Pearls of Perimetry: Analyzing the Field

Dr Pranav Ranjan, Patna

  • Checklist: Refraction with near vision correction; pupil size 3.5 mm; astigmatism >3D cause temporal artifacts; CL for high refractive errors (over 6D); full aperture lens in all cases; cataracts cause generalized loss of sensitivity; consider neurological, vascular and degenerative conditions; repeat fields (2-3 times) to establish baseline; reset baseline after surgical procedures.
  • There are two components in field testing: Point pattern and strategy (central 30-2 full threshold means point pattern of 30-2 and strategy of full threshold).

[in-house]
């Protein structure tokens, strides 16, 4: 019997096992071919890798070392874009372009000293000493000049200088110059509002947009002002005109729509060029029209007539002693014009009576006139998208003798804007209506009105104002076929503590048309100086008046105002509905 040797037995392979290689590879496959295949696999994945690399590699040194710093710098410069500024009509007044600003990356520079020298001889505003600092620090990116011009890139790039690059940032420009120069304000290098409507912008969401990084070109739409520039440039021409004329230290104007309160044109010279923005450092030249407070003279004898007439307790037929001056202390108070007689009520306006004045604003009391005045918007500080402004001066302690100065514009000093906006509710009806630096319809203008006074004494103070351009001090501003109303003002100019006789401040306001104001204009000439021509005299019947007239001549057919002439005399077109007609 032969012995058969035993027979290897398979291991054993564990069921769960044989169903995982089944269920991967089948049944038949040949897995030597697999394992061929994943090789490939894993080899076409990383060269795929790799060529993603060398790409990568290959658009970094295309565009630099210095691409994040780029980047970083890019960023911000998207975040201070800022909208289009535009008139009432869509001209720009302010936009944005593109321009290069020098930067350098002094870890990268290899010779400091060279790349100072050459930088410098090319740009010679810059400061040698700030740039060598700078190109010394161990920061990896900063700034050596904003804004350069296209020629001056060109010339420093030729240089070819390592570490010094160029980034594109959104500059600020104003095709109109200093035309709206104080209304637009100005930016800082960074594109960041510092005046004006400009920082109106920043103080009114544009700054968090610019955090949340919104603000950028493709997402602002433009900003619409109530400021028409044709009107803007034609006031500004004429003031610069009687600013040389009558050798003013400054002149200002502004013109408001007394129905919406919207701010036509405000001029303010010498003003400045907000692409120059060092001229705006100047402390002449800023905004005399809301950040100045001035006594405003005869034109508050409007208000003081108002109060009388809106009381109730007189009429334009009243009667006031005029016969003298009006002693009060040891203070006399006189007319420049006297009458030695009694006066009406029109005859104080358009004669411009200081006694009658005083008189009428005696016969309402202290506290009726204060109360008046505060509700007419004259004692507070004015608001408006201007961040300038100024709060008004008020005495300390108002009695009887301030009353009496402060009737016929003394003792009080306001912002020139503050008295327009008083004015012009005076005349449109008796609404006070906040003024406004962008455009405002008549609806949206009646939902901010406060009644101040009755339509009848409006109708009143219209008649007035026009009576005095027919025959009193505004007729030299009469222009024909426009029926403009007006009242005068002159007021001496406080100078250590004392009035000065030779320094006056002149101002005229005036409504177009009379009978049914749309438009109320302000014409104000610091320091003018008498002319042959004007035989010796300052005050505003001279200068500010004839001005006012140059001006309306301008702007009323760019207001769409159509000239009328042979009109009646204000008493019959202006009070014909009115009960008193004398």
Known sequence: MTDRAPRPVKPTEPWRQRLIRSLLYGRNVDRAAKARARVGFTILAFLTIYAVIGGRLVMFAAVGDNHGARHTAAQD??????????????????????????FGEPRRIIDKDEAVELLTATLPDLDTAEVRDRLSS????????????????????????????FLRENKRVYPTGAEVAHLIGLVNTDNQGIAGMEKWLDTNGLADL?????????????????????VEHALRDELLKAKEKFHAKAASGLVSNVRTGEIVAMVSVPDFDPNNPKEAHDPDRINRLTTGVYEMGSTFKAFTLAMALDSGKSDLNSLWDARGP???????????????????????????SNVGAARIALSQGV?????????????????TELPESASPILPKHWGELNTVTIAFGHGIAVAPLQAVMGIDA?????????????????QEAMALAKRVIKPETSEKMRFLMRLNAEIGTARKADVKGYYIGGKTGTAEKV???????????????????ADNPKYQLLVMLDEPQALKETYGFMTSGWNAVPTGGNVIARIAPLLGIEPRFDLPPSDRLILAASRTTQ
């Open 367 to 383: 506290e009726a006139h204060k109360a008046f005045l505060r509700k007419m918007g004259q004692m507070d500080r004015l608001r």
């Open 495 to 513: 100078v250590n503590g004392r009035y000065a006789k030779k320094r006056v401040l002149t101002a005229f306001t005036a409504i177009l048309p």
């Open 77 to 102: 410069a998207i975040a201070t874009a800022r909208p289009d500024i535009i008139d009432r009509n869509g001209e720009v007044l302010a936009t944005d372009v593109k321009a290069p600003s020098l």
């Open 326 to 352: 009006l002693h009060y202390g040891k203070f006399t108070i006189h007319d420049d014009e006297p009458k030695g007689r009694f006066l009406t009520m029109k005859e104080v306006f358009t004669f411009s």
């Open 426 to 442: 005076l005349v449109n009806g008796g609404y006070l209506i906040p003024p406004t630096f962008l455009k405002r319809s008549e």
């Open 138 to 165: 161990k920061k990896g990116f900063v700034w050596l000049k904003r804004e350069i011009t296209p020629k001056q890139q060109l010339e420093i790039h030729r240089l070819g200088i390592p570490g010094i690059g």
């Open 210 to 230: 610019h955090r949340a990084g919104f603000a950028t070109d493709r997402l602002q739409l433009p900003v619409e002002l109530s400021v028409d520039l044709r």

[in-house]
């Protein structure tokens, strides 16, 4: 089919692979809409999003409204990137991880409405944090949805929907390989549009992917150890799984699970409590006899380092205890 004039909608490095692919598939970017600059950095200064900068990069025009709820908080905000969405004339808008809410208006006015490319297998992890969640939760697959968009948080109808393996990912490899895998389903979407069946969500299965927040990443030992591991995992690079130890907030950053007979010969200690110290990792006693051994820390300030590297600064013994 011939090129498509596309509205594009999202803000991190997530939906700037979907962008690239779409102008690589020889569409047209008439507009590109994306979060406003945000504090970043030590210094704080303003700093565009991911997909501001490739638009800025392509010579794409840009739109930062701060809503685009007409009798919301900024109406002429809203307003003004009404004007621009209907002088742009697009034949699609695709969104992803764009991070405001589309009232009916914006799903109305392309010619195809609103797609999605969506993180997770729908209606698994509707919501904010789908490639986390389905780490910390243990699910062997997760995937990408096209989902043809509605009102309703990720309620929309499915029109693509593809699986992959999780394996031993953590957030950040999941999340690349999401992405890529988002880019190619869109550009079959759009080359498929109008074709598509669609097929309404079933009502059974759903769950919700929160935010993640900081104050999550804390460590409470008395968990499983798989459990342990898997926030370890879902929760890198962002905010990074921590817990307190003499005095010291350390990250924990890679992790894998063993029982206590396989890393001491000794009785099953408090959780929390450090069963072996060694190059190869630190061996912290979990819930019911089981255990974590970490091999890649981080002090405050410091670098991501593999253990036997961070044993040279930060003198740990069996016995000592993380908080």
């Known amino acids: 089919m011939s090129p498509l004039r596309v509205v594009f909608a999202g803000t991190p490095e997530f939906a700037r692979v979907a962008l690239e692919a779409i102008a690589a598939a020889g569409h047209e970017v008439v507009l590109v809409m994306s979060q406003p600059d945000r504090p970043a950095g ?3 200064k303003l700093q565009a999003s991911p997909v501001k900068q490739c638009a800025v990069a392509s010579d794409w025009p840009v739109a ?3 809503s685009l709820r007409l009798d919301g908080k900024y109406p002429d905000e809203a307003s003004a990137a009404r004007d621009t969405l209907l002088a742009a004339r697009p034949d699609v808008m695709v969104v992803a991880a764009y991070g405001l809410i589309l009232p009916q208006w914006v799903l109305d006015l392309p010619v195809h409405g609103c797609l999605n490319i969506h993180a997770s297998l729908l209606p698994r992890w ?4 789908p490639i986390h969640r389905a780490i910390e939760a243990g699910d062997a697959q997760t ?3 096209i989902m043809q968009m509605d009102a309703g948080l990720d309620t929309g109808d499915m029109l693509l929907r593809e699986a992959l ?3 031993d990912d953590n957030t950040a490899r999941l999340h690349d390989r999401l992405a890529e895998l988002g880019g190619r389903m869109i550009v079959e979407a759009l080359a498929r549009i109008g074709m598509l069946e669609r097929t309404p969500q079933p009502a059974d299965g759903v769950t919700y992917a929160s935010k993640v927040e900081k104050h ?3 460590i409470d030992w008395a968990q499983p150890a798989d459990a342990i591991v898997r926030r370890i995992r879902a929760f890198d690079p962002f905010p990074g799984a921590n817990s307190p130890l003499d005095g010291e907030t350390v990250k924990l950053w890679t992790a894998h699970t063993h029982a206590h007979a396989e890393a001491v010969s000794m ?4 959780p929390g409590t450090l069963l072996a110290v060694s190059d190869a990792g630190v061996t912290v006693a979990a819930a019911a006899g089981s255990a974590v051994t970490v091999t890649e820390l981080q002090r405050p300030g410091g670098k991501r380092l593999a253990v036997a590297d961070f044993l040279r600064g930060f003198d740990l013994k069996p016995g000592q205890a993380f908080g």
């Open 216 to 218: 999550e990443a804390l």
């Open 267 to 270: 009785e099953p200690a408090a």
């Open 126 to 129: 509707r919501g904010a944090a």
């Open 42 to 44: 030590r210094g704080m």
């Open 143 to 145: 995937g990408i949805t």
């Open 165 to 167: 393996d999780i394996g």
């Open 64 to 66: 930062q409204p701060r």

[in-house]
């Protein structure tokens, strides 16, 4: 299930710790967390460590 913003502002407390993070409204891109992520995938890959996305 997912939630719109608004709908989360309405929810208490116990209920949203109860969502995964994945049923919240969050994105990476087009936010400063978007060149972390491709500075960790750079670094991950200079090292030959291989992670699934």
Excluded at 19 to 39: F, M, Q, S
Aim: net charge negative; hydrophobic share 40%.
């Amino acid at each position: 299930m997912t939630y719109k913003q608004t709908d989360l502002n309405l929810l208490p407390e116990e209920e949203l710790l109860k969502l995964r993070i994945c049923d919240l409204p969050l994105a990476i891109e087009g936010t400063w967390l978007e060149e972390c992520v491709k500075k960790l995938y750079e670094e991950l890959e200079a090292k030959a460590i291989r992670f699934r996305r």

• In perimetry, threshold is particular intensity of light seen in 50% times, suprathreshold seen 90% and infrathreshold seen 15%.
  • Light intensity is expressed as decibel (dB) or apostilbs (asb); dB (retinal sensitivity) is inversely proportional to asb (light intensity).
  • Statpac analysis simplifies visual field interpreta­tion; it differentiates between normal and abnormal and identifies changes in a series of visual fields.

PCR and Anterior Vitrectomy

Dr Nikunj Tank, Indore

  • Don’t panic. Assess the situation and call for help, if needed.
  • Understand the basics of anterior vitrectomy.
  • Always look for capsular support before sulcus intraocular lens (IOL) implantation.
  • Steps at which posterior capsule rupture (PCR) can happen: Hydrodissection (blowout pupillary snap), during lens manipulation (particularly hard cataracts), during phaco (trenching, phaco/last piece phaco/surge), during I/A, during IOL implantation or pre-existing (true posterior polar cataracts).